If your teen has started to act out and possibly use drugs, it can be tempting to blame their friends.
“Even before they start to use drugs, kids will start to gravitate toward other kids who have a favorable attitude about using,” says Joseph Lee, MD, spokesman for the American Academy of Child & Adolescent Psychiatry.
So there is no doubt about it: Your kids' friends affect their behavior. But it's not always that simple.
Apart from friendships, your child's genes, personality, stresses, and relationships within your family also affect their chances of using drugs.
"You can’t boil it down to one risk factor," says David Pating, MD, chief of addiction medicine at Kaiser Permanente, San Francisco.
As your teen’s parent, you can step in to help them avoid, or recover from, the problem.
Know the pressures. “Parents need to understand that kids live in a world where drugs and alcohol are ever-present,” says Steve Pasierb, president and CEO of The Partnership at Drugfree.org.
You should also be aware that there are synthetic drugs that weren't around when you were growing up. These include things called "bath salts," "K-2," and "spice." Teens are also increasingly abusing medicines, like prescription painkillers and dextromethorphan, the main ingredient in over-the-counter (OTC) cough medicines. The list of drugs you're watching out for may not be up to date.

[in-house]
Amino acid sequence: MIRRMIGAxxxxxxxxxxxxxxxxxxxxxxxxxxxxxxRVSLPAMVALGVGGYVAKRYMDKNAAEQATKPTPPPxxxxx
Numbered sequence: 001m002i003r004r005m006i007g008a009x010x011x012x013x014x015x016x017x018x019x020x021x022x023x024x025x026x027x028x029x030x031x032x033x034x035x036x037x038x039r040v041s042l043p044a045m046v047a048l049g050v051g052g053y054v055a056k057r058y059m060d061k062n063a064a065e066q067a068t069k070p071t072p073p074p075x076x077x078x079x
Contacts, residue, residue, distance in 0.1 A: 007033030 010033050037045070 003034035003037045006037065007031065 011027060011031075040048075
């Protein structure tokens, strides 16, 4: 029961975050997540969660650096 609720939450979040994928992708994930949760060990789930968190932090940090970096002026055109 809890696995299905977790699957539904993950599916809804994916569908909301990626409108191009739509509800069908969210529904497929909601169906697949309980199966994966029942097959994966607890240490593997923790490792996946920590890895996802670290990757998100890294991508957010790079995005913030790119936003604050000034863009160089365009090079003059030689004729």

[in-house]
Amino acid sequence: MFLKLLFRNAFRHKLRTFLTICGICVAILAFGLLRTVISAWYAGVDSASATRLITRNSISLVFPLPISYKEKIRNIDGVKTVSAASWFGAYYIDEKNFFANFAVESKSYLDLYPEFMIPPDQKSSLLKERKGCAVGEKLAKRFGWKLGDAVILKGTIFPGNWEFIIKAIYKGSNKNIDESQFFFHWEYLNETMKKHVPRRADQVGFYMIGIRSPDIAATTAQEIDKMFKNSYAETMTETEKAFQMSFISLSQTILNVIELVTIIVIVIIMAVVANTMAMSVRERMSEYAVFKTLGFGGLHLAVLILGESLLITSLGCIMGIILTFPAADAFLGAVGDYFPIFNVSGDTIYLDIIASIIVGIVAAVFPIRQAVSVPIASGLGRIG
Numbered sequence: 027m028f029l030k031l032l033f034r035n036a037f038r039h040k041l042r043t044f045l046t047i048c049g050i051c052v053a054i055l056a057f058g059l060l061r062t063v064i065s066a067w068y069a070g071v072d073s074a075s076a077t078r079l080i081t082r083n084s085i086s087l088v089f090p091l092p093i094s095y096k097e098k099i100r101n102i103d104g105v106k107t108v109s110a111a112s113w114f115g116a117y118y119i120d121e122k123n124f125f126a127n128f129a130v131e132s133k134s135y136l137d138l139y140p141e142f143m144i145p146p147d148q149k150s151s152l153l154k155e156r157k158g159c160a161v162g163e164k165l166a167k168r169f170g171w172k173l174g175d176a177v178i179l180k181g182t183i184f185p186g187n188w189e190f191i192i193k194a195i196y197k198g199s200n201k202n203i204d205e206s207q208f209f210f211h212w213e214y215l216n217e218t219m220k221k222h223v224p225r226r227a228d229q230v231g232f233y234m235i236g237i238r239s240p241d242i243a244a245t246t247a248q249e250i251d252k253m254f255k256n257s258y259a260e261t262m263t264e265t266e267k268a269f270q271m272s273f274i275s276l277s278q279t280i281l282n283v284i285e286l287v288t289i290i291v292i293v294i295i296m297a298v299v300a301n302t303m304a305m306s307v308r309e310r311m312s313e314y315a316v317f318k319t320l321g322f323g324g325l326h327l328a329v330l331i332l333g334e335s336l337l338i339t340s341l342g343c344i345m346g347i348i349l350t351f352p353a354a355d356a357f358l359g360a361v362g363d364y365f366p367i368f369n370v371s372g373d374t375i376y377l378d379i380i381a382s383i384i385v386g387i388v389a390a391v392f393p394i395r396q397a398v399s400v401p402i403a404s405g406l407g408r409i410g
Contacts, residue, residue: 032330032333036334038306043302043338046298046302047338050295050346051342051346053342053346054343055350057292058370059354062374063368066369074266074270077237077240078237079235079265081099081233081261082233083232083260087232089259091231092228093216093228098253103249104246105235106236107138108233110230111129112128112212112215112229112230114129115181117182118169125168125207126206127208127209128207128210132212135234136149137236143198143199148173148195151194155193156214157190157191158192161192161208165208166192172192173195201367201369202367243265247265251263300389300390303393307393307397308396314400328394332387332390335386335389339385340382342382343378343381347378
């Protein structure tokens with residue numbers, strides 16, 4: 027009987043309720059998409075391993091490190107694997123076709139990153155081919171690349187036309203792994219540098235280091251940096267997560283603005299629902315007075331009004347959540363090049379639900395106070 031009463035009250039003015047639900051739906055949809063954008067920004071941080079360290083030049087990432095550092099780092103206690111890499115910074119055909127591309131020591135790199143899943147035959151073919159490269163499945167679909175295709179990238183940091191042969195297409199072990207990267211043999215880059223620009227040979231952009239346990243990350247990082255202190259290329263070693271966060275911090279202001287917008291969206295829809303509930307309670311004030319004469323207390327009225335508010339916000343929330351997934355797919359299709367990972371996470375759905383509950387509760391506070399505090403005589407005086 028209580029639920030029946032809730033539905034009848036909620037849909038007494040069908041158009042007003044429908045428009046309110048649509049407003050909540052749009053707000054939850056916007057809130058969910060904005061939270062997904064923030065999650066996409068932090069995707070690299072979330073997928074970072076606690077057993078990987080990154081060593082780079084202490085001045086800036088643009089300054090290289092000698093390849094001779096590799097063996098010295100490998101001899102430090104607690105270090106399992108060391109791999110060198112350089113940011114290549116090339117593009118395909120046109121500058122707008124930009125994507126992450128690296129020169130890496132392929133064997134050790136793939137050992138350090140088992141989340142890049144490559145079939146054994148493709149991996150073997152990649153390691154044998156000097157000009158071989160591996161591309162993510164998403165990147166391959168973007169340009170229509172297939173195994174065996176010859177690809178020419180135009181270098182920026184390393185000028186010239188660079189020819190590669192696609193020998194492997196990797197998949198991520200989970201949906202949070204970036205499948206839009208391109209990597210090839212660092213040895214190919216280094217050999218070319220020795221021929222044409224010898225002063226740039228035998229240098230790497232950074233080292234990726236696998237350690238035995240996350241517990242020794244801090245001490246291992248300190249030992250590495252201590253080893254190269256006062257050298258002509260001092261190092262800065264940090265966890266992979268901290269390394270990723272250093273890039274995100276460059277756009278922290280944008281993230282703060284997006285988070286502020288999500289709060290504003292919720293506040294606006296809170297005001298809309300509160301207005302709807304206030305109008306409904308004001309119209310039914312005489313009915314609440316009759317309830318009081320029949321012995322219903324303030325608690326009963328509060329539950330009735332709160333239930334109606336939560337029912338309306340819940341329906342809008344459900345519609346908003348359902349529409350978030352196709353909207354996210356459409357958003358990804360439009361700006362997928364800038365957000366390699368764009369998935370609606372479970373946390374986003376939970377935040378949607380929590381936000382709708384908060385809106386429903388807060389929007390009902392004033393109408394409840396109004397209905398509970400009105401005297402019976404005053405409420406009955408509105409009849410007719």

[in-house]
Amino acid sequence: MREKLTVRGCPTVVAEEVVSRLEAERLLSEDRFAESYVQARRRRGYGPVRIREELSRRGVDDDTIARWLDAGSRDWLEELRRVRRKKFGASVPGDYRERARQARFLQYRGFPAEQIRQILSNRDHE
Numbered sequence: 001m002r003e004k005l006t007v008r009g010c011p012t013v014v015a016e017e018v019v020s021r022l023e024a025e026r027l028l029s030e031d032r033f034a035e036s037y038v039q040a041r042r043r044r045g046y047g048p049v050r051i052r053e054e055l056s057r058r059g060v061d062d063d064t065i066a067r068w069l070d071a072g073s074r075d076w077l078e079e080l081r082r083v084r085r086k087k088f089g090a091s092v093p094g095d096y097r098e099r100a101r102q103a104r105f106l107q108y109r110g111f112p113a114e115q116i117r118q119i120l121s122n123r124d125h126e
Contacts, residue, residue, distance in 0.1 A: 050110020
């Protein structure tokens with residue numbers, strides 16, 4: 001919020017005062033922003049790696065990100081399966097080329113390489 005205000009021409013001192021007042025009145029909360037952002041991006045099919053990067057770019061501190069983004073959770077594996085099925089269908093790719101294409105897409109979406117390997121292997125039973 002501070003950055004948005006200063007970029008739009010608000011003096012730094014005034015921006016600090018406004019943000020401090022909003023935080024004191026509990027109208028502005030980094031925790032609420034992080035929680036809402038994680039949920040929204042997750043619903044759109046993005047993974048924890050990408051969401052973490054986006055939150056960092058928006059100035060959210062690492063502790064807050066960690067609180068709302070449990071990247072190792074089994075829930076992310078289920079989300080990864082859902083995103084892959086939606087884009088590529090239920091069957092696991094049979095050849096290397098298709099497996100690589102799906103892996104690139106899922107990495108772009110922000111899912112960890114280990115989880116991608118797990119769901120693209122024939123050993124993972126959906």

Check on your own prescription drugs. "The No. 1 problem we’re dealing with as a society is the abuse of prescription medications," Pasierb says. “And the number one source of those medicines is kids’ own homes."
Teens mistakenly believe that abusing medicine is "safer" than abusing other drugs. But it’s not.
Do you keep your own prescription and OTCdrugs in a secure place where your teen can't get to them? If not, change that today.
Don't look the other way. Many parents explain away signs of possible drug use. Others downplay it. That sends the wrong message. In a study of 285 students in 11th grade, kids said their parents were more likely to punish them for being rude than for using drugs or alcohol. Those who considered their parents lax about drugs and alcohol got drunk or stoned much more often.
On the other hand, teens that learn about the dangers of drug and alcohol from their parents are up to 50% less likely to use than those who don’t learn from parents, according to the Partnership at Drugfree.org.
Look to your family tree. Does your family have a history of any kind of addiction, even if it's not to the drug your child may be using? That makes them more likely to become addicted. Even if they're not addicted at this point, consider counseling to help them learn life skills to manage that risk, now and in the long run.